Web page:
Using biodiesel as well as regular diesel in a fuel cell is for many an incredible idea. The Research Council of Norway’s RENERGI program Technical Director Dag Øvrebø is developing a new type of electric power supply unit with core components of a smart diesel reformer and a tolerant fuel cell. The system is environmentally friendly and flexible; the unit could be a serious contender in the market for generators in electric vehicles and other applications.

The combination of two advanced technologies is now undergoing testing.  In trials, a 200-watt solid-acid fuel cell ran on both pure hydrogen and on hydrogen produced from diesel by the unit’s reformer – with only an insignificant difference in performance.  The system is another handy way to solve the hydrogen production and storage issue as well as keep consumers access to abundant fuels used at very high efficiencies.

Diesel is a hydrocarbon thus CO2 is an issue.  The reformer section converts the hydrocarbons into hydrogen, CO2 and heat. Due to the unit’s high efficiency, CO2 emissions are substantially lower than in conventional combustion engines, and no other demonstrable exhaust is discharged – meaning that diesel particulates, black carbon soot, nitrous oxide (NOx) and carbon monoxide (CO) are eliminated. An added plus is that the reformer emits no smoke or odor.  And, it’s dead silent.

The silent electric generator is being developed and produced by the Norwegian company Nordic Power Systems (NPS). The new type of fuel cell is being developed and delivered from the California firm SAFCell. The development of solid-based acid fuel cells (SAFC) was pioneered in the Haile Lab of the Material Science Department at Caltech.  Dr. Calum Chisholm, together with a team of experienced scientists, engineers, and business executives founded SAFCell to bring the technology to the market in November of 2009.  Things are moving very fast – it not been a year yet and the prototype field test units are being built.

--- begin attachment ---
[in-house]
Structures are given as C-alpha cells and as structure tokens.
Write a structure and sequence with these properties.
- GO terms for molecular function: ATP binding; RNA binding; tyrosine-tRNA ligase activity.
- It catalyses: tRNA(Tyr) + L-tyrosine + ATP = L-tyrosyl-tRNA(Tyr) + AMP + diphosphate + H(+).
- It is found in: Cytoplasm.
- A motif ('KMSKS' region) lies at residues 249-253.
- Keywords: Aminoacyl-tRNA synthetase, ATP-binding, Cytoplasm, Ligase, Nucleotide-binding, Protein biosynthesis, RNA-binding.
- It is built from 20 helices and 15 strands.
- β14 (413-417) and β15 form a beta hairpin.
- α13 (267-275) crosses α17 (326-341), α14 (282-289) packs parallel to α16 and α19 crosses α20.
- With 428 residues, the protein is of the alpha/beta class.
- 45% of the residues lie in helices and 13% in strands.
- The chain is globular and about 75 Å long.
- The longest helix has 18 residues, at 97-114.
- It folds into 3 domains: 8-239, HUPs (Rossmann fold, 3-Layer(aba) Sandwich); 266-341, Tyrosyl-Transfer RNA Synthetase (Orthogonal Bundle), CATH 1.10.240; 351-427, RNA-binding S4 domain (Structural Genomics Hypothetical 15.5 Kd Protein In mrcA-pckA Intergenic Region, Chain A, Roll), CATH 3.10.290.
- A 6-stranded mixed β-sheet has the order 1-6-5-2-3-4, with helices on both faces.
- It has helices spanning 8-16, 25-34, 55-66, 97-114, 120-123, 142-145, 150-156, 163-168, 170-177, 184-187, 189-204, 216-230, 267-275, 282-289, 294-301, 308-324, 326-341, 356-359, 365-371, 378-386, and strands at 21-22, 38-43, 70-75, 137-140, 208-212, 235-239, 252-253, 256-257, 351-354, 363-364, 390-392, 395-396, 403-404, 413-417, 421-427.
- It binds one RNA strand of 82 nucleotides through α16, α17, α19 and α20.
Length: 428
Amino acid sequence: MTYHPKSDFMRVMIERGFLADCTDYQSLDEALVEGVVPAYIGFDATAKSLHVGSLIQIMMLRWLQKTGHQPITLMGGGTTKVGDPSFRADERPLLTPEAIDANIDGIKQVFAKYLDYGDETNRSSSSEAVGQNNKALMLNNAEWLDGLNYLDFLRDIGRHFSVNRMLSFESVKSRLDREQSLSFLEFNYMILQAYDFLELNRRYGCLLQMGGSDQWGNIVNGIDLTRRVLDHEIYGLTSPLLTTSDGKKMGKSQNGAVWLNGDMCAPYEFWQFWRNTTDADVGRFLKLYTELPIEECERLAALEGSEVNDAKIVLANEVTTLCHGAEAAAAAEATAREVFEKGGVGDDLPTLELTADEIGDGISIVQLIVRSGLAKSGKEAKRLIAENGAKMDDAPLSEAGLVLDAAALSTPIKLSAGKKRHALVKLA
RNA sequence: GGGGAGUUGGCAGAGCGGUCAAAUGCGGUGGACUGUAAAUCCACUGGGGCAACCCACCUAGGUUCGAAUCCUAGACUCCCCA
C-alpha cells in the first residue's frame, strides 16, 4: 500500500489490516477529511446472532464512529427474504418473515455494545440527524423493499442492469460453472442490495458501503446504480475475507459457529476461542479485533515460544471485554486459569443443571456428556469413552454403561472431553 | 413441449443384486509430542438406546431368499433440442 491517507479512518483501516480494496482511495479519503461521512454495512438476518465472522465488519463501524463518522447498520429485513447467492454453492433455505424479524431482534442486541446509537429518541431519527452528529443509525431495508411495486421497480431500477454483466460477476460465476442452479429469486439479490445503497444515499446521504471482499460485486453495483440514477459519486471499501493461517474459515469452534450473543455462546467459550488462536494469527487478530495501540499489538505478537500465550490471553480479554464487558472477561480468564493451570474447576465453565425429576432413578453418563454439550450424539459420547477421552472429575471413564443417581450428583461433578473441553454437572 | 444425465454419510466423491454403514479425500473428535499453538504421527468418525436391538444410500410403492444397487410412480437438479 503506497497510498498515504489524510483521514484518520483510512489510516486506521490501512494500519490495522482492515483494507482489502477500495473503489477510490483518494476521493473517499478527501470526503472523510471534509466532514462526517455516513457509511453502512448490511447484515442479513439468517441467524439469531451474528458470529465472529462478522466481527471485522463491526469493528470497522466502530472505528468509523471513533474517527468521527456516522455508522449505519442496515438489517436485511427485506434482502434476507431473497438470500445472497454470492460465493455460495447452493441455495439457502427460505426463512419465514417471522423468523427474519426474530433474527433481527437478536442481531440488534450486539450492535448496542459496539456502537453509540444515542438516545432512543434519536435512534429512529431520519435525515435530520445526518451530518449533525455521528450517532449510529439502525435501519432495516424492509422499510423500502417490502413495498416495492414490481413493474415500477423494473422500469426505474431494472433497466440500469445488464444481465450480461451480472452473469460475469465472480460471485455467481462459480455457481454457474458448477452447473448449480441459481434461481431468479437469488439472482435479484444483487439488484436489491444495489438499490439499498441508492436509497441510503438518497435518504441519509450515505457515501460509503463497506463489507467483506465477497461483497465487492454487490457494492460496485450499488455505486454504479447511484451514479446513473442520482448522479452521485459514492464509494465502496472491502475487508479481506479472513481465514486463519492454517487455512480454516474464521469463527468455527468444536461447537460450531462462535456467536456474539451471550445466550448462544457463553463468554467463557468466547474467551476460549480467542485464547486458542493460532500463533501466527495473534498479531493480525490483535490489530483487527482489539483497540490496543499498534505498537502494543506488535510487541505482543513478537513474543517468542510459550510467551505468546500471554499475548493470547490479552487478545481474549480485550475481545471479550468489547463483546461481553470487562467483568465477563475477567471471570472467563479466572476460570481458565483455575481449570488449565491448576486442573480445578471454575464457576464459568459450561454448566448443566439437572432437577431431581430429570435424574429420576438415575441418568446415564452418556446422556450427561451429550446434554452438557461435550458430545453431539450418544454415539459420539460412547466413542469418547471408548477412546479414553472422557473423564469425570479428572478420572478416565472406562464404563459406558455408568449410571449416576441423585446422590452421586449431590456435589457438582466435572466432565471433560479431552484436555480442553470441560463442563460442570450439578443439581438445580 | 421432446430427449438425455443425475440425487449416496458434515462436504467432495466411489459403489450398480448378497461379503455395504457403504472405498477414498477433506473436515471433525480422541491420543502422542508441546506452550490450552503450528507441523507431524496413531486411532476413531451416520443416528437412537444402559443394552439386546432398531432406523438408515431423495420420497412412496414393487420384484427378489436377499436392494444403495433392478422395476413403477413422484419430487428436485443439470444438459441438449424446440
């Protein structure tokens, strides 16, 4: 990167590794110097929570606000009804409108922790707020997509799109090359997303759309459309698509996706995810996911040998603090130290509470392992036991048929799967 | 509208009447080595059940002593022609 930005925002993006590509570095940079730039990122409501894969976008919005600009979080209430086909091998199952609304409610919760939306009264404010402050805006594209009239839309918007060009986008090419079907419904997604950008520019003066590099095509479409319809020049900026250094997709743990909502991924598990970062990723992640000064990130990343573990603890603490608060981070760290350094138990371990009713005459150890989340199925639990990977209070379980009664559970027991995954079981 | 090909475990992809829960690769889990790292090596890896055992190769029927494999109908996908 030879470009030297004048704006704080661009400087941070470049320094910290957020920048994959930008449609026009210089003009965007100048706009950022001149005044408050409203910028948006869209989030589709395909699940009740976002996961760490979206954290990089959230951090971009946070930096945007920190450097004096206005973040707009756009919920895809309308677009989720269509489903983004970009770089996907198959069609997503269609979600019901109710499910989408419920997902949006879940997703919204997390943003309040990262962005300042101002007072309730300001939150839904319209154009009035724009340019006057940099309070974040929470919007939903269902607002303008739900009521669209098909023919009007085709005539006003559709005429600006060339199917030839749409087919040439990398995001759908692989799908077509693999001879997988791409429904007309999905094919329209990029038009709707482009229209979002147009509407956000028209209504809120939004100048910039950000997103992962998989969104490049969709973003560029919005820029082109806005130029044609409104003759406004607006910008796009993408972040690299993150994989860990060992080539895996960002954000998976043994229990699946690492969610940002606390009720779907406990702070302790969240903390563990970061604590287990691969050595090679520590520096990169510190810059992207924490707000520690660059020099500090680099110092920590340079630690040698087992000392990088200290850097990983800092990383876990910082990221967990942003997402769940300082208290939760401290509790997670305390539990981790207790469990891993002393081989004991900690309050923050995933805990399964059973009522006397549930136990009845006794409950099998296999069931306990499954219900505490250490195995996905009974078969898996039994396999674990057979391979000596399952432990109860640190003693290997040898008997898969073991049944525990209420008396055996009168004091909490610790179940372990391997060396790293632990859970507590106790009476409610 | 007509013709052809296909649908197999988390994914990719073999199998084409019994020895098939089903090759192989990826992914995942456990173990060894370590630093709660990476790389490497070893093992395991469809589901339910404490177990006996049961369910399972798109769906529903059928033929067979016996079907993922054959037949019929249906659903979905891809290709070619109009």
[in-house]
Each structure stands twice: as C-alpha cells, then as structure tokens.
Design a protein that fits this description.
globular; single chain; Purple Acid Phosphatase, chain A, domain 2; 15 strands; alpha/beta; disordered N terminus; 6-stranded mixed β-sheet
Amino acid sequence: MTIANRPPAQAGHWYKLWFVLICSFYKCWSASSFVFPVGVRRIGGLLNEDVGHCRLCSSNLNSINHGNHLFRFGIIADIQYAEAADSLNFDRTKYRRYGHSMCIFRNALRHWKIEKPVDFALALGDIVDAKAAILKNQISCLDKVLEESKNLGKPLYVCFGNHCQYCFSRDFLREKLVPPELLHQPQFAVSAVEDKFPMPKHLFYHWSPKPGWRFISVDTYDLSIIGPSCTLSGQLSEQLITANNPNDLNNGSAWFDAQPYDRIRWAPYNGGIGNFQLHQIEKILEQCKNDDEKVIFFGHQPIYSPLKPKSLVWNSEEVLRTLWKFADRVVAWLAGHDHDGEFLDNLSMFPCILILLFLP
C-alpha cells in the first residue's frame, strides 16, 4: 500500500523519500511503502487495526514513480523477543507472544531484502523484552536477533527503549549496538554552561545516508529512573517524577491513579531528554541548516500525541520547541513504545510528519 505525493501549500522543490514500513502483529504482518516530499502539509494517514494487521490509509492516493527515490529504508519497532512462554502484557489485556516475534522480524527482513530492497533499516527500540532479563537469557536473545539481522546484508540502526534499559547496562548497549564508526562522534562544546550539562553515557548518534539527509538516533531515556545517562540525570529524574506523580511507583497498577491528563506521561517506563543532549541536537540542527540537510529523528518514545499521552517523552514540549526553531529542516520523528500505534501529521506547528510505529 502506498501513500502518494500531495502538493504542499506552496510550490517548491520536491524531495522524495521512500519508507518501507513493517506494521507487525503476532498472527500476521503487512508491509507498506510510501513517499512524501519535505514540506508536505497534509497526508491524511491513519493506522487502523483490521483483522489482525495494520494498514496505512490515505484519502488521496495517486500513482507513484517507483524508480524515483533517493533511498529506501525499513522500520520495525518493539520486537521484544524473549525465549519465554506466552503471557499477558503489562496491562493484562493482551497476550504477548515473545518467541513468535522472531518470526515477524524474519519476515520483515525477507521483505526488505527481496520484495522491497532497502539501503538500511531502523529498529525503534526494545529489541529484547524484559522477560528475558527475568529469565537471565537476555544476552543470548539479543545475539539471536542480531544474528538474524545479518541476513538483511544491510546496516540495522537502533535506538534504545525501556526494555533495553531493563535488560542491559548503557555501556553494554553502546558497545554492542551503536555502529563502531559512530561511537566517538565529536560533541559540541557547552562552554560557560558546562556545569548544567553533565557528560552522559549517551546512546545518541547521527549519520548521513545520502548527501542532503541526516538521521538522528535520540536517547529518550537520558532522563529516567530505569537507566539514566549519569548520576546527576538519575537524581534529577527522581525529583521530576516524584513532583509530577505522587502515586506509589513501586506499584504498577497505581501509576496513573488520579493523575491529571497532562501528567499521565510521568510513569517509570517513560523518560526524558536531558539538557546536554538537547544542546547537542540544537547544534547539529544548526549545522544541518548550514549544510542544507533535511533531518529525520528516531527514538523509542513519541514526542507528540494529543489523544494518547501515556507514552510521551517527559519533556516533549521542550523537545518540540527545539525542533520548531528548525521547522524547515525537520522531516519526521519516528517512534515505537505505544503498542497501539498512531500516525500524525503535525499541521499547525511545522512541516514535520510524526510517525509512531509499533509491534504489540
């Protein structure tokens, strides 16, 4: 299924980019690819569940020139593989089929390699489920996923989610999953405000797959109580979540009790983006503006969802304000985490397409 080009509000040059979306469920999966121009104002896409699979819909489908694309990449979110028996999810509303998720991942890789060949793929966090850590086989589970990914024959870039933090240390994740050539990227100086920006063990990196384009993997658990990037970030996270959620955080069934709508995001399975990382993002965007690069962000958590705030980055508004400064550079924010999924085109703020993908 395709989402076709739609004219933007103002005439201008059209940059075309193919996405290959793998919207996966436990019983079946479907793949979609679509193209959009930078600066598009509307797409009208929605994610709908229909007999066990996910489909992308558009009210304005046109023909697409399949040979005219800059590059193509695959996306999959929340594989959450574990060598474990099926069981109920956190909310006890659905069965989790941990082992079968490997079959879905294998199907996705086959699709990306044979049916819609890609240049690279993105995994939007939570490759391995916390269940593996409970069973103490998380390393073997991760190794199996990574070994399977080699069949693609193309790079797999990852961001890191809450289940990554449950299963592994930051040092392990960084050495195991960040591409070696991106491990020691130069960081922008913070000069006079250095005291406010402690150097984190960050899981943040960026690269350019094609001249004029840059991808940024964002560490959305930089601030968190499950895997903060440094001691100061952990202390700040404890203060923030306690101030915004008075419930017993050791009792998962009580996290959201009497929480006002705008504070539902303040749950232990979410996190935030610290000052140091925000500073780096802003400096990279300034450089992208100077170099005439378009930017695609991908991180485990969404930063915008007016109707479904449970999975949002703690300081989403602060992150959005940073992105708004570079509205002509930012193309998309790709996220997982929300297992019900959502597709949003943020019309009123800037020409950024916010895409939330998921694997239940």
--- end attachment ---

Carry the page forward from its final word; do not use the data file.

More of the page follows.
The story runs back in time, beginning in Germany.  In 2006 the NPS founders came across an interesting conversion technology developed at RWTH Aachen University in the late 1990s. NPS acquired the licensing rights, envisioning a clear market potential for an electric power supply unit based on a fuel cell that is not dependent on hydrogen filling stations, and that can run on regular, easily available fuel without surrendering the environmental benefits of fuel cells.

Nordic Power Systems Process Technology Flow Graphic. Click image for the largest view.